The Liberal-National coalition is pledging to create 450,000 more jobs in regional Australia over the next five years.
Prime Minister Scott Morrison will announce details of the plan on Wednesday, as Labor and the government are set to again clash over rising cost of living pressures, with the latest figures due to be released.
Mr Morrison said in a statement the jobs commitment to regional Australia was part of a pledge to create 1.3 million more jobs over the next five years, with more than one in three of those jobs to be in the regions.
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“Only the Coalition has a plan for 450,000 new jobs in the regions and runs on the board to deliver them,” he said.
“Since we were elected, we have created over 1.9 million new jobs, and our unemployment rate is down to four per cent, the equal lowest level in 48 years, and forecast to fall further,” the prime minister said.
Deputy Prime Minister Barnaby Joyce said the Coalition government’s Energy Security and Regional Development plan would boost regional income and “create jobs for years to come”.
Treasurer Josh Frydenberg said Opposition Leader Anthony Albanese and Labor had no plan for regional Australia or for regional jobs.
“All they have is a track record of increasing unemployment in regional Australia,” he said.
The Australian Bureau of Statistics will on Wednesday reveal inflation data for the March quarter.
It comes as one-off $250 payments for six million Australians, including pensioners, carers, veterans, and job seekers will be made, with all eligible recipients expected to receive the payment by the end of the week.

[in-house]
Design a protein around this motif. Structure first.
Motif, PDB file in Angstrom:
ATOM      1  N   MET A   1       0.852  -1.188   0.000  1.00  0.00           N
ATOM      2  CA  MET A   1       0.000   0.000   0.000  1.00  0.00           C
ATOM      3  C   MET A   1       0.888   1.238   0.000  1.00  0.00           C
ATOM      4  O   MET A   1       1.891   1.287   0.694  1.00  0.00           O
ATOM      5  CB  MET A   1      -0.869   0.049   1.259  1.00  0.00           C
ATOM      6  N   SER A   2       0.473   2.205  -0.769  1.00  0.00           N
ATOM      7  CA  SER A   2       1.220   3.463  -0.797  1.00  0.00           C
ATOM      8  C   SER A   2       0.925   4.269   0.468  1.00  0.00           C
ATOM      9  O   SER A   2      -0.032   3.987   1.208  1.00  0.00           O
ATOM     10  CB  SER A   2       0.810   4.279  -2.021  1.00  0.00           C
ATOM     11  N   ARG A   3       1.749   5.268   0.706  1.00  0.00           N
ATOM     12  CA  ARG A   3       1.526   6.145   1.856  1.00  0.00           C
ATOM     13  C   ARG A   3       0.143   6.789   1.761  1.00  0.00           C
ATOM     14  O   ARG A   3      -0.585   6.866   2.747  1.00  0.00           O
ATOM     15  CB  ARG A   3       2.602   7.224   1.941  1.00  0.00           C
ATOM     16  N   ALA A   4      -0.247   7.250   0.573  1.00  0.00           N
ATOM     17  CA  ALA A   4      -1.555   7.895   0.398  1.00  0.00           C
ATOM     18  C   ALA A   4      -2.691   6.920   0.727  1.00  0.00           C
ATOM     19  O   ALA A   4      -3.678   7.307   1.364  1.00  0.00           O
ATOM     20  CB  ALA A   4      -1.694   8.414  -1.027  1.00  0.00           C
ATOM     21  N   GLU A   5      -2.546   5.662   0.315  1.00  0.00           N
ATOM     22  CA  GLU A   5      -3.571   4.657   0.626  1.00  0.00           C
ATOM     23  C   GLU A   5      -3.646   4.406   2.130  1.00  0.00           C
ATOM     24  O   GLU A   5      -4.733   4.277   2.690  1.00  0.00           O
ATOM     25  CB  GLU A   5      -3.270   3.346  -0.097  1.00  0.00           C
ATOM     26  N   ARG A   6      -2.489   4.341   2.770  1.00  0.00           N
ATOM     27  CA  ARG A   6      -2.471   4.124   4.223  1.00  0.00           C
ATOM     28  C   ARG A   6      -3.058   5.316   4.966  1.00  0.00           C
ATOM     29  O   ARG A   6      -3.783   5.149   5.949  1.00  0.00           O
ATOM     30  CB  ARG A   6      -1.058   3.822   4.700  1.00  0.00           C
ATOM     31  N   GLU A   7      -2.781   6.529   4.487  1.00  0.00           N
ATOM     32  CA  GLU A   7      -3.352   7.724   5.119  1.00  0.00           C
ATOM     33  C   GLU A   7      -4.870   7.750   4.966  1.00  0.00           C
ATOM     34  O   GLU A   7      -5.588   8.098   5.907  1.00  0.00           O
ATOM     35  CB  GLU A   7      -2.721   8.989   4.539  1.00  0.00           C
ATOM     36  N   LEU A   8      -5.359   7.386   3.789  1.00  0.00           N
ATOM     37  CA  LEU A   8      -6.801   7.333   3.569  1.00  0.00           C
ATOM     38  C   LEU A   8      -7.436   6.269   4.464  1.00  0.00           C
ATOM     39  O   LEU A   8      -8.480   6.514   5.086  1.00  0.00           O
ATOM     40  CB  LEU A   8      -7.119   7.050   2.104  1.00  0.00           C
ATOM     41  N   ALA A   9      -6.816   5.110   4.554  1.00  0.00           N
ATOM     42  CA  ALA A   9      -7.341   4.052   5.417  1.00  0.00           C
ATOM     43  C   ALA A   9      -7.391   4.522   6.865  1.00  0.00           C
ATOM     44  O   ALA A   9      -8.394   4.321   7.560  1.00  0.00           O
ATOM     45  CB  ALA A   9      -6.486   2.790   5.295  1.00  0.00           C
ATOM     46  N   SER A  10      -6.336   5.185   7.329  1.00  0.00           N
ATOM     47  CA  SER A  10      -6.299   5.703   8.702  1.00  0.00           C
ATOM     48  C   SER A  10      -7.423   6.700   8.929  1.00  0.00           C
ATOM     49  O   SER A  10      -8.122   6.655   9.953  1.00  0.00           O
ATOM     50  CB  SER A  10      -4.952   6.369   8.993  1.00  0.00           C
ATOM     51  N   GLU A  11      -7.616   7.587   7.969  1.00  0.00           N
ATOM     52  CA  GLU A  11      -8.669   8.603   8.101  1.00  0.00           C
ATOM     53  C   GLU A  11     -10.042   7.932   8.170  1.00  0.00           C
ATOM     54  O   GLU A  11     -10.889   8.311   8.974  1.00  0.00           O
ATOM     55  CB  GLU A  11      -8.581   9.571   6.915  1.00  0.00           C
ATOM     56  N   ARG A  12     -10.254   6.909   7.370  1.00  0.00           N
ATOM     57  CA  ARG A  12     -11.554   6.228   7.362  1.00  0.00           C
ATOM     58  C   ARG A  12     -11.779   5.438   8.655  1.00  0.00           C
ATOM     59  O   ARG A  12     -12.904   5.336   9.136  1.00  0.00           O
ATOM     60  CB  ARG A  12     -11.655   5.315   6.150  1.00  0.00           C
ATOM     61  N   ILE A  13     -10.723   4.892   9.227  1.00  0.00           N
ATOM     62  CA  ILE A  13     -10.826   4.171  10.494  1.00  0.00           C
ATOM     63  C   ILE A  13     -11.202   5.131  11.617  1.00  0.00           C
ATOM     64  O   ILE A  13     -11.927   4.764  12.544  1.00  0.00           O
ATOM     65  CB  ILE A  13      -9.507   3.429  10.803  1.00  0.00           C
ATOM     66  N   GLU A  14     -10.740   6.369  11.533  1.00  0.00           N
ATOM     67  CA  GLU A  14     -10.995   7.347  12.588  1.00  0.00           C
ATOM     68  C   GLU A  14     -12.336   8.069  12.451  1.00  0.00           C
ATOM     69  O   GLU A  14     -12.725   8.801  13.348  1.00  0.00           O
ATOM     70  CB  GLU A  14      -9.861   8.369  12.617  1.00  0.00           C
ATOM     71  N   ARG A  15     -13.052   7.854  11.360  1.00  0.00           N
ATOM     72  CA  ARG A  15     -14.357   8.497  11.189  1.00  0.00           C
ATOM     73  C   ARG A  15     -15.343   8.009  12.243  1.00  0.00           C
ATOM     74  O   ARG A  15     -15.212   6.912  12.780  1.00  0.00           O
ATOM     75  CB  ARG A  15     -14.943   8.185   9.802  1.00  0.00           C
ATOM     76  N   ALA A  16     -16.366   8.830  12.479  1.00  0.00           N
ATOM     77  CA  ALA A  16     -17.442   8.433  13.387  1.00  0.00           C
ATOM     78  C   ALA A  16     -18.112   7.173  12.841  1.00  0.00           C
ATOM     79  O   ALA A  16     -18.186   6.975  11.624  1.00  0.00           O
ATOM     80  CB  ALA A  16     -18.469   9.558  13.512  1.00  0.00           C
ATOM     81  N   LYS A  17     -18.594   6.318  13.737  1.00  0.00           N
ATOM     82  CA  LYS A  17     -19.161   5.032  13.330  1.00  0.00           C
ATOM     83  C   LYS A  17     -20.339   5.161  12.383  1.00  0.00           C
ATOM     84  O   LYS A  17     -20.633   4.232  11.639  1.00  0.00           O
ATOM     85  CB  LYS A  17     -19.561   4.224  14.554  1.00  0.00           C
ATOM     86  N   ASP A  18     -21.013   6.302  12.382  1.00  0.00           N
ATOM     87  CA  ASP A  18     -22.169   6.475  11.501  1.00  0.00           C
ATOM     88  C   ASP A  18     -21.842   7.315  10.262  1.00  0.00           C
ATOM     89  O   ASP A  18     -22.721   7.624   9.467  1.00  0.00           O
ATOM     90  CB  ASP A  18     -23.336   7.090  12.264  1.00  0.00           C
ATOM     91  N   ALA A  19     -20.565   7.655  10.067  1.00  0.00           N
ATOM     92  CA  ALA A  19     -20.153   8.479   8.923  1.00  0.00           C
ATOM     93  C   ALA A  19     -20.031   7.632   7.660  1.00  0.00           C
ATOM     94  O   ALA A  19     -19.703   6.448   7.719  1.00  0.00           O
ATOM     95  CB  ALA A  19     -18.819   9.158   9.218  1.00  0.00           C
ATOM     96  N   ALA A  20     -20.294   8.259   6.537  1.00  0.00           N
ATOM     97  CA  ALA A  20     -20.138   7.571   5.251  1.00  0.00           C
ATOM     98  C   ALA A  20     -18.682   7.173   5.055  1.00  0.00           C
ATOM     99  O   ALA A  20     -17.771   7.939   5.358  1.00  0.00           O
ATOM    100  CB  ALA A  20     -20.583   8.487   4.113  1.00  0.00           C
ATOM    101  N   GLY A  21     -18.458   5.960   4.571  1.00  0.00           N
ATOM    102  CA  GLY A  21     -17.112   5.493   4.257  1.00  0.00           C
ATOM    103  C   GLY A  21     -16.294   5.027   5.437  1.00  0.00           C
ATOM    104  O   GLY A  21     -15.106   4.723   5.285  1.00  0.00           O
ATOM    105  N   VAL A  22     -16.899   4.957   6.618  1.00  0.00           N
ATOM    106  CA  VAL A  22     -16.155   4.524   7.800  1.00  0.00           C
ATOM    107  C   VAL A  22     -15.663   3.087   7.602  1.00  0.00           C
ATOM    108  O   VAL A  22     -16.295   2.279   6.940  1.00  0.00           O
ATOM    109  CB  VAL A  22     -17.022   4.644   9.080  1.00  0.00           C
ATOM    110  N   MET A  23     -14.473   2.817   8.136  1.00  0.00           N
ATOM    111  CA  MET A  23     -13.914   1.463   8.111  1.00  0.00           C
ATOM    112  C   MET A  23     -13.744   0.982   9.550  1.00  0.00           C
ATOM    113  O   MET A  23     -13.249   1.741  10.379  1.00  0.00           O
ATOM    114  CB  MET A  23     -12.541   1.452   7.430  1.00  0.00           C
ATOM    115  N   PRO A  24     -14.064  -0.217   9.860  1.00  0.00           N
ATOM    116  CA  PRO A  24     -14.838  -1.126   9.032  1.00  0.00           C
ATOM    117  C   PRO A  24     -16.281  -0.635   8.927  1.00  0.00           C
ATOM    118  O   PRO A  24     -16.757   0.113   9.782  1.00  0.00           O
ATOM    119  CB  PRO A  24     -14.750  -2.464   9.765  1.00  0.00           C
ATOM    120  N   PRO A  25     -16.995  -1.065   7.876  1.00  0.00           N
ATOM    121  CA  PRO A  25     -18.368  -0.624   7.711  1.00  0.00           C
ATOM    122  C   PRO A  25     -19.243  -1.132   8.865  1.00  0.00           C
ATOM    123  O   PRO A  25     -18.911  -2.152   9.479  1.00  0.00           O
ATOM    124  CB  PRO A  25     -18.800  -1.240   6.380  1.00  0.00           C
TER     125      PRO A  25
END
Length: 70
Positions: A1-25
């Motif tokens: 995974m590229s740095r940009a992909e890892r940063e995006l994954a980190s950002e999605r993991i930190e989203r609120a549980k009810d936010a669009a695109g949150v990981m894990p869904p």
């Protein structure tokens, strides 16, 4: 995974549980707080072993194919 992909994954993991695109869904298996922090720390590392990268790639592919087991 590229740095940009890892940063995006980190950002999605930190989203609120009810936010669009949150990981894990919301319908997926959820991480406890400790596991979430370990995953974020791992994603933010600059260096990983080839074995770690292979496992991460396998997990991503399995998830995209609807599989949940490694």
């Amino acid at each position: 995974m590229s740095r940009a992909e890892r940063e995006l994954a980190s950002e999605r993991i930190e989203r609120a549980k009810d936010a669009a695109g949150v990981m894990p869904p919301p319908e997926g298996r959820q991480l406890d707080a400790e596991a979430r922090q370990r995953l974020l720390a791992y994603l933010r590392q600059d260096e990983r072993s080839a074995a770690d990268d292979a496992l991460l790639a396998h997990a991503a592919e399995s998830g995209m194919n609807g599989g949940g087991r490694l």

The $1.5 billion payments are part of the cost of living package announced in the federal budget.
Mr Frydenberg said the government’s response to global issues placing pressure on households, including the COVID-19 pandemic and Russia’s invasion of Ukraine, was targeted and responsible.
“Labor has no plans to help families with cost of living pressures,” he said.
Shadow treasurer Jim Chalmers told AAP under the Morrison government everything was going up except Australians’ wages, with interest rates about to be part of the pain.
“A better future relies on a stronger, broader, more inclusive, and more sustainable economy – powered by cleaner and cheaper energy, a bigger and better-trained workforce, and key investments in the care economy, digital economy, and a future made in Australia,” Mr Chalmers said.
Mr Frydenberg said Labor’s $300 billion in higher spending would put upward pressure on inflation and lead to higher interest rates, while weakening the economy.
Mr Morrison and Mr Joyce are expected to campaign in Rockhampton on Wednesday, in the seat of Capricornia.
A $5 million upgrade to the Central Queensland Livestock Exchange will be announced.
Labor has been scathing of the government’s handling of relations with Pacific countries, especially its response to a security pact signed between the Solomon Islands and China.
On Tuesday It announced a major package of diplomatic and development initiatives for the region, as well as further defence partnerships.
Labor’s campaigning day is expected to start in Sydney.
© AAP 2022